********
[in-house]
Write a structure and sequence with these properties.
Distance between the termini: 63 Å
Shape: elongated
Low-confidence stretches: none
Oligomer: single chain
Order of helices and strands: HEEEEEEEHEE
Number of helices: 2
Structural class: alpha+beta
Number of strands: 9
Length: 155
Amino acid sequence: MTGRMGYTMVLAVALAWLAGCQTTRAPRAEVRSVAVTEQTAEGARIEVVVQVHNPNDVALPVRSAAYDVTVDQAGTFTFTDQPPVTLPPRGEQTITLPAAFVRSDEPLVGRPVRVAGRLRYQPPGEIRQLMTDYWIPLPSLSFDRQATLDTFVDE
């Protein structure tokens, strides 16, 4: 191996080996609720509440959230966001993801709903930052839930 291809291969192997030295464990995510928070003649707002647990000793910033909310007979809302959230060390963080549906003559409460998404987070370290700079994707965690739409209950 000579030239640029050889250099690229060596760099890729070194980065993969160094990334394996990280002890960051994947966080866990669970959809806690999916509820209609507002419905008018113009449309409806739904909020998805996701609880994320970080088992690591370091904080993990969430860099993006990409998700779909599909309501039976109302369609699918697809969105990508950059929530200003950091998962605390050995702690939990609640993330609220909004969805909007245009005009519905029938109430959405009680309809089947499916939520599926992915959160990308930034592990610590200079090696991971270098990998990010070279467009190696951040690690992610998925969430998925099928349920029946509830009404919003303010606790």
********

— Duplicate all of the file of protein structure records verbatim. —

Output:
[in-house]
Write a structure and sequence with these properties.
Distance between the termini: 63 Å
Shape: elongated
Low-confidence stretches: none
Oligomer: single chain
Order of helices and strands: HEEEEEEEHEE
Number of helices: 2
Structural class: alpha+beta
Number of strands: 9
Length: 155
Amino acid sequence: MTGRMGYTMVLAVALAWLAGCQTTRAPRAEVRSVAVTEQTAEGARIEVVVQVHNPNDVALPVRSAAYDVTVDQAGTFTFTDQPPVTLPPRGEQTITLPAAFVRSDEPLVGRPVRVAGRLRYQPPGEIRQLMTDYWIPLPSLSFDRQATLDTFVDE
């Protein structure tokens, strides 16, 4: 191996080996609720509440959230966001993801709903930052839930 291809291969192997030295464990995510928070003649707002647990000793910033909310007979809302959230060390963080549906003559409460998404987070370290700079994707965690739409209950 000579030239640029050889250099690229060596760099890729070194980065993969160094990334394996990280002890960051994947966080866990669970959809806690999916509820209609507002419905008018113009449309409806739904909020998805996701609880994320970080088992690591370091904080993990969430860099993006990409998700779909599909309501039976109302369609699918697809969105990508950059929530200003950091998962605390050995702690939990609640993330609220909004969805909007245009005009519905029938109430959405009680309809089947499916939520599926992915959160990308930034592990610590200079090696991971270098990998990010070279467009190696951040690690992610998925969430998925099928349920029946509830009404919003303010606790």